The $7,500 per month is projected to cover my expenses starting at age 70, and would free me up the use most of my remaining savings between ages 56 to 70.

Does this sound a good strategy?
You might consider hiring a fee-only financial planner to check this out, rather than relying on the advice of the salesman.

Are you purchasing two annuities (one for you, one for your wife)?

When you reach 70, you will have consumed most of your remaining savings. And your $2500 per month would be equivalent to less than $1400 per month today, assuming an inflation rate of 3%. Will that still be enough?

Do you know how much your FA will make in commissions right off the top of your annuity purchase?

For me, it wouldn't be an effective strategy. But get a double-check with a fee-only financial planner. It won't cost much and could be money well spent.
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Old 10-05-2017, 09:43 AM   #14
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We got ones that include stipulation about double payout in case of not meeting 2 of the 6 functions of daily living since we do not have LTC insurance.
that's the route we are going to take - LTCI is tough to get nowadays
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Old 10-05-2017, 10:33 AM   #15
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Just wondering if there is a good / reputable source to purchase annuities with relatively low fees. It would be great if there was a listing somewhere.

Or are annuities with low fees non-existent?
try fidelity, schwab or Vanguard.

One must remember this is a low interest rate environment. Insurance companies will be using this to price products.
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Old 10-05-2017, 10:49 AM   #16
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OP - have you run firecalc to see if it's feasible for you to retire at 56 ?
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Old 10-05-2017, 11:10 AM   #17
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OP, what you are describing is a fixed annuity. I did a spreadsheet computing $175k invested today at age 50, then begin pulling out $30k a year at age 70. If you live to about 85 which I think is close to someone's life expectancy, it will be a 3.75% return. If you live to 95 it will be a 4.75% return. Is that good or bad?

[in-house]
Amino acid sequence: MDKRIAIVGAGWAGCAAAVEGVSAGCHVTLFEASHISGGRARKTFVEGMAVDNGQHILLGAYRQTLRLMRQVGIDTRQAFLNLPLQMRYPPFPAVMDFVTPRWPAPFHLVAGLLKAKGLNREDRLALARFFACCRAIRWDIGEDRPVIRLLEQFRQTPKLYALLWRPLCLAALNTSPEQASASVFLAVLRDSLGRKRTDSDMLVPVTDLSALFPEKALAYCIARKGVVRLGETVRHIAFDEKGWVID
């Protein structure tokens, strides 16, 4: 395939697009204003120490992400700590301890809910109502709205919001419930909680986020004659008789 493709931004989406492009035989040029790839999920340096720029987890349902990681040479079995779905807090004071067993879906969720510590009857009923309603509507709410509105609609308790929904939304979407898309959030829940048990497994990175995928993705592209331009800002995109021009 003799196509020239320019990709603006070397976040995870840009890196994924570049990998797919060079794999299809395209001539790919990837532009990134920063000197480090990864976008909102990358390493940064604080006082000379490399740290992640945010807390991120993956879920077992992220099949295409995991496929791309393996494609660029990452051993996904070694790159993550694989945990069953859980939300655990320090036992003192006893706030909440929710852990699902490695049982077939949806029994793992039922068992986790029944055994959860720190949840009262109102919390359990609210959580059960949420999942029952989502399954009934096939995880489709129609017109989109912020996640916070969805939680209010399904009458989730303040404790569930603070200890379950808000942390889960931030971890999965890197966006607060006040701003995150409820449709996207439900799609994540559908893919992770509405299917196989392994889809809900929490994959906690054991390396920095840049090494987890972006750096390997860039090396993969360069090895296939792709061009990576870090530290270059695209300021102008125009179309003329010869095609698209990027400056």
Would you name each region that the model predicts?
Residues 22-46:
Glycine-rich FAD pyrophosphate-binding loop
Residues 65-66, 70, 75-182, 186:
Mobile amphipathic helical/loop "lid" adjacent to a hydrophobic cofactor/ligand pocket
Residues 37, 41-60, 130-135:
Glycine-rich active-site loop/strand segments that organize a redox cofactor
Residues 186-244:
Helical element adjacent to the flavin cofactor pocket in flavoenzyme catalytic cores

I went to immediateannuities.com put in your information and it gave me a payout of $1,795 for a joint annuity. $2,380 for a single annuity. And you do say "single" in your post. DW might divorce me if I bought a single annuity. Or maybe she would make sure I ate right and exercised regularly. I don't know.

I have a variable annuity (again with 5% of my portfolio). In other words, I assumed the investment risk and rewards. I put this money in when DW was 39. Now she is 62. It has earned around 8% after fees. It is worth about 6 times my original investment. If you were to put this $175k in a variable annuity or index fund outside of an annuity and earn 6% based on some reasonable AA, you could begin taking $43,000 out of the investment at age 70 instead of the $30,000 they will give you. But again, you have the investment risk.
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Old 10-05-2017, 12:08 PM   #18
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Originally Posted by athena53 View Post
I'm an actuary and I've researched the idea of buying a deferred annuity and I always end up deciding that I don't want to fork over a chunk of my savings for a product that has high expenses and, in some cases, has so many bells and whistles that even with my background I can't figure out if it's a good deal. My FA once said, "If you want an annuity I can sell you one". That was the last discussion we had on it- I think it was 10 years ago.
Thank you for posting. This really helps. I have DA at Vanguard & Fidelity that I throw "extra" money ($250 usually which is minimum) once in a while. I'll watch my DAs closely.
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Old 10-05-2017, 12:49 PM   #19
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Budman - Most on this site HATE annuities and will give you lots of excellent reasons why. I believe that there are some situations where one may consider them, but never with a big chunk of your portfolio and only after understanding the fees and all the other options. I must admit that I have 5% of my portfolio in an annuity that was purchased over 20 years ago. I had maxed out on all other tax deferral options and didn't want to go the low turnover index fund route. In your case, it appears that the investment would be a big chunk of your portfolio.
Good points. I max out on 401k & IRAs. Next I do put a small amount of money (usually $1500/yr) into a Variable Deferred Annuity at Vanguard in hopes of deferring my current taxes. I plan to use this Annuity as my income stream 15 years from now.
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Old 10-05-2017, 12:54 PM   #20
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I personally do not like annuities due to the high fees. I also do not like the thought that you would use up nearly all your savings otherwise. You then would only have partial protection from inflation in the SS, which is not financially sound in the long term.

+1 on all of the above.